Russian Hajj: Empire and the Pilgrimage to Mecca
Eileen Kane (Author)
In the late nineteenth century, as a consequence of imperial conquest and a mobility revolution, Russia became a crossroads of the hajj, the annual Muslim pilgrimage to Mecca. The first book in any language on the hajj under tsarist and Soviet rule, Russian Hajj tells the story of how tsarist officials struggled to control and co-opt Russia's mass hajj traffic, seeing it as not only a liability but also an opportunity. To support the hajj as a matter of state surveillance and control was controversial, given the preeminent position of the Orthodox Church. But nor could the hajj be ignored, or banned, due to Russia's policy of toleration of Islam. As a cross-border, migratory phenomenon, the hajj stoked officials' fears of infectious disease, Islamic revolt, and interethnic conflict, but Eileen Kane innovatively argues that it also generated new thinking within the government about the utility of the empire's Muslims and their global networks. 29 Halftones, black and white; 6 Maps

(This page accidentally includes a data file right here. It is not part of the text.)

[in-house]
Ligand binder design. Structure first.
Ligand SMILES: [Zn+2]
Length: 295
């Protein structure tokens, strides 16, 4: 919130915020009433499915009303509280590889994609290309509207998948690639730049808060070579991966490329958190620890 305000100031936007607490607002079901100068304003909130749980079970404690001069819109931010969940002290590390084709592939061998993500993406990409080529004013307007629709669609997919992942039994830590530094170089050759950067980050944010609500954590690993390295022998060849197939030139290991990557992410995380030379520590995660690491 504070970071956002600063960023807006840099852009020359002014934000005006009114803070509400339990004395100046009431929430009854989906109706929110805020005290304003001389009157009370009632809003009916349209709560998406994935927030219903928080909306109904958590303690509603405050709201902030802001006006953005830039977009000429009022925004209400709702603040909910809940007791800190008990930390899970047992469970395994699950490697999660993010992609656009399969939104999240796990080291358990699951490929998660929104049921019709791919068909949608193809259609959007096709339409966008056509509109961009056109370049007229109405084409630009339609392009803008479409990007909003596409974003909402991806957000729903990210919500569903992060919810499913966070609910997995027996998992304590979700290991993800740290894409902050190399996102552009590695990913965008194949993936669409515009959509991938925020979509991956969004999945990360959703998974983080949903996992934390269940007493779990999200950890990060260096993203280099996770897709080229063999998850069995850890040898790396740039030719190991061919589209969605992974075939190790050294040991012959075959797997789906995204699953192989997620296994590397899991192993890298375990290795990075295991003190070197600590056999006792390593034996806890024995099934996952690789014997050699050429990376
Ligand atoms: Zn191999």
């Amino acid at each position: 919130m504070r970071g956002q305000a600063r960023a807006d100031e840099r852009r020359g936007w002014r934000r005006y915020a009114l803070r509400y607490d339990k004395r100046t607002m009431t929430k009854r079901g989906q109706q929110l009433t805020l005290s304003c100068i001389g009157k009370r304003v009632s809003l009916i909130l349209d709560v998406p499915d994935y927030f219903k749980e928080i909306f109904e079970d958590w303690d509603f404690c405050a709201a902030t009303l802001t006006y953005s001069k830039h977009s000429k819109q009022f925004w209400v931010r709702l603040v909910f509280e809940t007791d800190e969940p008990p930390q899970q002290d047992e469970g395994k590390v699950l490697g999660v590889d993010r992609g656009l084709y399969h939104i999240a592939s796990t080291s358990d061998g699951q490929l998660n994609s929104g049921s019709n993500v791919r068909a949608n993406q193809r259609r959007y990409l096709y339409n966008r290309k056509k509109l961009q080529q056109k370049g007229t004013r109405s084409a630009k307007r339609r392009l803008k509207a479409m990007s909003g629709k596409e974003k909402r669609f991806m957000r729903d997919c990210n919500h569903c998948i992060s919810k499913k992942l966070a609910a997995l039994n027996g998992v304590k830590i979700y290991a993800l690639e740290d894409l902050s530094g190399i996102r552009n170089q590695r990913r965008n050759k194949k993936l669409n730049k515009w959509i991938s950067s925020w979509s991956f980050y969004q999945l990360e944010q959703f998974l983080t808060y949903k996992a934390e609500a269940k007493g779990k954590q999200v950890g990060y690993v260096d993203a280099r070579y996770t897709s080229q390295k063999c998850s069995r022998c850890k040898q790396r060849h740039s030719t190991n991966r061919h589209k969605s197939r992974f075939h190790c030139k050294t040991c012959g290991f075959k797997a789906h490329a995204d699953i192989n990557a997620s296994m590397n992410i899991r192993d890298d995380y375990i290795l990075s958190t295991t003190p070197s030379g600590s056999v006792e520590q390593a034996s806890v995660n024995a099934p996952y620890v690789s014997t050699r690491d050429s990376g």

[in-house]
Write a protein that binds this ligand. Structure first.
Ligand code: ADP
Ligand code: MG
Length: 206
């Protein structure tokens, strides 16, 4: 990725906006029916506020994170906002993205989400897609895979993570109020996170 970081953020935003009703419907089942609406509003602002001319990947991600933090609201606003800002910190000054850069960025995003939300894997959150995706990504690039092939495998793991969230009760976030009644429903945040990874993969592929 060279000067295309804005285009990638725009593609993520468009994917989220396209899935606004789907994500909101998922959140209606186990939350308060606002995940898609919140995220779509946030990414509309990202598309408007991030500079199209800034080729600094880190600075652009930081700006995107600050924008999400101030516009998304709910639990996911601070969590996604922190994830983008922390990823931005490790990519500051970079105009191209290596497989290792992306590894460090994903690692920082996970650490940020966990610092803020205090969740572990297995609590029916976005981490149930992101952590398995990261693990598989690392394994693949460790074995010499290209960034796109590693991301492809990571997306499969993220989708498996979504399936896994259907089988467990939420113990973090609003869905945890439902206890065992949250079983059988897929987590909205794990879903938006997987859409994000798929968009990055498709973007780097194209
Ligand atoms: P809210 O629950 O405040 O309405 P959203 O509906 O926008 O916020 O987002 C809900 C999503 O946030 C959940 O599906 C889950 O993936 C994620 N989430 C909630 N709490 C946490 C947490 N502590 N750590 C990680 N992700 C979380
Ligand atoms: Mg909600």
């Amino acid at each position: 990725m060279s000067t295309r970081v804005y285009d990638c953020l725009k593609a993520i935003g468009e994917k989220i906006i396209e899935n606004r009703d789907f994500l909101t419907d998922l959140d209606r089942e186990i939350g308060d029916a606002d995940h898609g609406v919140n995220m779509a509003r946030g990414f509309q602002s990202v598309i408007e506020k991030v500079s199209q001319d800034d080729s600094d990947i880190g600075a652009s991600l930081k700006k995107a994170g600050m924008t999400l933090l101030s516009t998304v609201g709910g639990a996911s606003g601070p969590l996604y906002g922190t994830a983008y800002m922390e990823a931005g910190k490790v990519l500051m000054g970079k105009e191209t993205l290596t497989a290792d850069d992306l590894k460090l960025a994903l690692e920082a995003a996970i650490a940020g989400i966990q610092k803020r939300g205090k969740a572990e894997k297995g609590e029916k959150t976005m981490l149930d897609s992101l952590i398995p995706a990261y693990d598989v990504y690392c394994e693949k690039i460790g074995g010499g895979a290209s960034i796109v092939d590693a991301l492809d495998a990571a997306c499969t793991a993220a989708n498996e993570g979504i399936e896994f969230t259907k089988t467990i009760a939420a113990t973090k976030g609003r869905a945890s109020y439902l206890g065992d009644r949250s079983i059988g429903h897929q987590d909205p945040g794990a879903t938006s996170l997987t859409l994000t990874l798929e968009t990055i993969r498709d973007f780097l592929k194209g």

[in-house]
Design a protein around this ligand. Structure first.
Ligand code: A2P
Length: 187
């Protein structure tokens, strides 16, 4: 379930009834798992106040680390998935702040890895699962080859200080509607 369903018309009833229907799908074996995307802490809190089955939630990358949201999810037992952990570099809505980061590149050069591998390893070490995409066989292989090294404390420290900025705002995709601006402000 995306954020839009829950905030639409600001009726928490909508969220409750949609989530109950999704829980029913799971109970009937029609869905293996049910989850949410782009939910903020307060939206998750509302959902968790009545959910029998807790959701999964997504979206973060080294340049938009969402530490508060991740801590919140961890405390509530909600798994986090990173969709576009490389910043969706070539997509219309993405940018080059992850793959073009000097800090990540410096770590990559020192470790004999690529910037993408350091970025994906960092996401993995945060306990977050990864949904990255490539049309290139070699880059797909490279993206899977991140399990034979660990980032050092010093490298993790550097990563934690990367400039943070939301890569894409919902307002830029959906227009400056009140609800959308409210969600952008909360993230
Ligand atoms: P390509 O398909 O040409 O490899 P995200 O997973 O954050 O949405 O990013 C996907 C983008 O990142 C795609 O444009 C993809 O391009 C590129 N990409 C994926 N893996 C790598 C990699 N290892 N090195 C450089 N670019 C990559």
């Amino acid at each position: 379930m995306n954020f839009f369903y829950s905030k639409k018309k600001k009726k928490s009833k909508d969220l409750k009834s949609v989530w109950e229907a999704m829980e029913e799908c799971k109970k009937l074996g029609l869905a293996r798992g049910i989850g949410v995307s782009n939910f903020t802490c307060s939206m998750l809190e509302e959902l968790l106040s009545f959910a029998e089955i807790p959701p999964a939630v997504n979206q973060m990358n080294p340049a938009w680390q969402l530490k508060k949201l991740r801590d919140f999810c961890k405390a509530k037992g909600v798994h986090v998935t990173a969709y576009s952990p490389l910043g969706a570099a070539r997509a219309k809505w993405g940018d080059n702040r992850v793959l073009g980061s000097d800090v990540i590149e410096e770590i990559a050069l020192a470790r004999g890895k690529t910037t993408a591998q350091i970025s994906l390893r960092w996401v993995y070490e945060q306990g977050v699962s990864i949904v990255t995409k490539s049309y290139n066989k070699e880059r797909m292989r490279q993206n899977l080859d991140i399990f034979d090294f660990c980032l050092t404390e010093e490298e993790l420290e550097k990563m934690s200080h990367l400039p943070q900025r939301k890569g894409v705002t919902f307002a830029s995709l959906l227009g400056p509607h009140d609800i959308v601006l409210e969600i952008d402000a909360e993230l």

Also available on eBook for £9.69. Click here to purchase from Rakuten Kobo
About the Author
Eileen Kane is Associate Professor of History at Connecticut College.
- Contributor: Eileen Kane
- Imprint: Cornell University Press
- ISBN13: 9781501748509
- Number of Pages: 258
- Packaged Dimensions: 152x229mm
- Format: Paperback
- Publisher: Cornell University Press
- Release Date: 2020-05-15
- Binding: Paperback / softback
- Biography: Eileen Kane is Associate Professor of History at Connecticut College.